College application season is heating up, and we’re here to offer advice about when to apply.

Female making notes.

Wait, you ask, what do you mean when to apply? Don’t I need to apply by the deadline?

Many colleges offer several admission plans, each with their own deadlines. Colleges might offer regular admission, rolling admission, early action, restrictive early action, and early decision options.

Regular Admission

Regular admission deadlines are when the majority of students choose to apply. This is generally the final application deadline, and there are some students who should wait to apply via regular admission.

If you are expecting to still take additional standardized tests, such as the January or February SAT or ACT tests, these later application deadlines allow you to submit these later test scores. A higher standardized test score might offer you greater benefit than applying early would.

If you are hoping that your grades for this current semester of your senior year will bring your GPA up, waiting to apply via regular decision will make this semester’s grades a part of your application. That higher GPA could be useful if you’re currently unsure about your standing.

Rolling Admission

Some colleges utilize a rolling admission process in which there either is no deadline or the deadline is significantly later than other deadlines. With rolling admission, colleges make admission decisions as applications are received. As a result, the earlier you apply, the greater your chances of admission since there are generally more open spots available and admission officers are a bit less choosey.

Early Action Admission

Early action admission is non-binding, meaning that you don’t have to attend the school if you are admitted. These deadlines are early (thus the name), usually before mid-November, and students generally receive their admission decisions by December or January. This allows you to better plan ahead since you know whether you got in much sooner than you otherwise might. Another benefit of early action is that you can apply at other schools in the meantime.

Restrictive Early Action Admission

Restrictive early action admission is also non-binding, but you are restricted from applying to other schools via early application programs. In other words, if you apply to one school via restrictive early action admission, you can apply to as many other schools as you want through regular admission programs, but you cannot apply to any other schools via early action or early decision programs.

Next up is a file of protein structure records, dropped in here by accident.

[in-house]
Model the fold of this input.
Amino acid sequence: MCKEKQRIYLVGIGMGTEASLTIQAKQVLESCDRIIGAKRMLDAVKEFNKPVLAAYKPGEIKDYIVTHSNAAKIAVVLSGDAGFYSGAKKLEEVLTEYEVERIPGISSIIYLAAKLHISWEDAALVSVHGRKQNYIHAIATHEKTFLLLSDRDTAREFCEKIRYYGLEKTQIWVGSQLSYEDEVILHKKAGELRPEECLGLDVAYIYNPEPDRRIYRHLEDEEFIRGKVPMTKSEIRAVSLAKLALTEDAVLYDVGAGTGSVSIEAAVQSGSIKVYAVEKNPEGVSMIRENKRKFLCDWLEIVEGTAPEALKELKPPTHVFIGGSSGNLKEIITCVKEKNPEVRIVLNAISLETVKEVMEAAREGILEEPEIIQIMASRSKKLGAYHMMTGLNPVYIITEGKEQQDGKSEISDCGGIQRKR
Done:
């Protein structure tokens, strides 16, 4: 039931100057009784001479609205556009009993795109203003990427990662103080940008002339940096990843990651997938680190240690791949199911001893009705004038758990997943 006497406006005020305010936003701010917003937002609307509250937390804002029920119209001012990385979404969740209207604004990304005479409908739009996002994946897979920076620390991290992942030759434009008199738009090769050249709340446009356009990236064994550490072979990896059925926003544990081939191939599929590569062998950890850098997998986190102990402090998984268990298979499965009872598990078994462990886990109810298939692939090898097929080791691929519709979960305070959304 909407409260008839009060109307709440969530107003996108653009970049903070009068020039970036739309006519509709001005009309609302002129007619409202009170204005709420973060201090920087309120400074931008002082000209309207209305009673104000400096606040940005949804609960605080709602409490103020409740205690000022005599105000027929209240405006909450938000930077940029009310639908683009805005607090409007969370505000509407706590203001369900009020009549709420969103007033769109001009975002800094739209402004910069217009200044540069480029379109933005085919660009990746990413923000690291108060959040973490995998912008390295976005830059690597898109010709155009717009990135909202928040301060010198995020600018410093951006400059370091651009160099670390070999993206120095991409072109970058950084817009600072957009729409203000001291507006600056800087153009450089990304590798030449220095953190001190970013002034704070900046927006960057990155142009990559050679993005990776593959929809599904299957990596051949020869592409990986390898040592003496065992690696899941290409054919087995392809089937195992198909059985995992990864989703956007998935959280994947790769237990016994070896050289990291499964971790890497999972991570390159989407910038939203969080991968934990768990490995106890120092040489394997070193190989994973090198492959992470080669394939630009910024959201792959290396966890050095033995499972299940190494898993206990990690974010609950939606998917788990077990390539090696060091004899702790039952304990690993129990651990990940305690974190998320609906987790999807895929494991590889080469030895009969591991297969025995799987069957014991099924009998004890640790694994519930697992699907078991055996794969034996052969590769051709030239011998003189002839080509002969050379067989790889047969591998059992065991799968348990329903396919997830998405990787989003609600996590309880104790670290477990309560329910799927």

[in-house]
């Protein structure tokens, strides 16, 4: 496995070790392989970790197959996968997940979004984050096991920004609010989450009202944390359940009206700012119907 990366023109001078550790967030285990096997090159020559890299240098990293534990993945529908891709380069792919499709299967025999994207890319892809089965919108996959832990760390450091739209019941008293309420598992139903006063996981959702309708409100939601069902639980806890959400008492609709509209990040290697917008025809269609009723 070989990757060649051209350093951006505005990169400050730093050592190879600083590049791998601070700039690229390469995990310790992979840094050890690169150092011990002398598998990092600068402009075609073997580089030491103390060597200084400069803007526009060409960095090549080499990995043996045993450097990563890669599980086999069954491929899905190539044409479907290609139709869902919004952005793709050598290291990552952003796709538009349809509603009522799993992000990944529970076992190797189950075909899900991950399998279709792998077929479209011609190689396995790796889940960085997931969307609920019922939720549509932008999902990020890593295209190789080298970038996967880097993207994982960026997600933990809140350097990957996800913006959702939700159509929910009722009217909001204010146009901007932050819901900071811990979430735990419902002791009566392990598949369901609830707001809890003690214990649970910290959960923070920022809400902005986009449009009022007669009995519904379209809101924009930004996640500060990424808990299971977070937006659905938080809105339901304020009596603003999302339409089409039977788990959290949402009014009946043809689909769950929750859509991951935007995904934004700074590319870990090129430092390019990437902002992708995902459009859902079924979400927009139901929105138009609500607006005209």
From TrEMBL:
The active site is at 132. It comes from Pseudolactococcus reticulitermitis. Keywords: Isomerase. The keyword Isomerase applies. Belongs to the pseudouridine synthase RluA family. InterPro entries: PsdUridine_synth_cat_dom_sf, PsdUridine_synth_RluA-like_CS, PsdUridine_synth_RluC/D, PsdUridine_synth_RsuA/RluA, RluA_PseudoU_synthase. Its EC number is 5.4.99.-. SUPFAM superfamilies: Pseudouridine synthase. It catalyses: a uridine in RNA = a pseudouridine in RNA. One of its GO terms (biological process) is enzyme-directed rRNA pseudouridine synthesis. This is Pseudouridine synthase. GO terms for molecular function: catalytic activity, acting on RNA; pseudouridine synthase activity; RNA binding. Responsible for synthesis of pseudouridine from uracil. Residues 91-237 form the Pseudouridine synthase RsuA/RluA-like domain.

Early Decision Admission

Early decision is binding – if you are accepted at the school, you are obligated to enroll. You can apply to other schools via regular admission programs, but you may not apply early to any other schools. In addition to learning whether you were accepted early, you may get a boost in your chances of admission if you apply to a school via early decision. Early decision tells a school that it is your top choice school, which can make a slight difference in admission decisions. In fact, in 2013, the average early decision acceptance rate at U.S. colleges was 64%, compared to a 53% acceptance rate for students who applied via regular decision.

There is only one circumstance in which it is acceptable to not enroll in a school after being accepted via early decision, and that is if the school does not offer an adequate financial aid package. If you apply to a school via early decision, are accepted, and feel that the financial aid package offered is not enough, you can appeal to receive a revised financial aid offer that might make the tuition easier to afford.

Is It Worth Applying Early?

To answer this question, you’ll need to do a bit of research. Every school is different with regard to early versus regular acceptance rates. Check the past admission rates for the schools you hope to apply to in order to learn whether students who applied early saw significant benefits. At some schools, the admission rate for early action or early decision applicants might be as much as 20% higher than the rate for regular applicants; at other schools, the difference may be minimal or non-existent.

Think carefully about applying through early decision programs – it’s a big decision and a big commitment. Before submitting an early decision application, you must be 100% certain that this is the school you want to attend!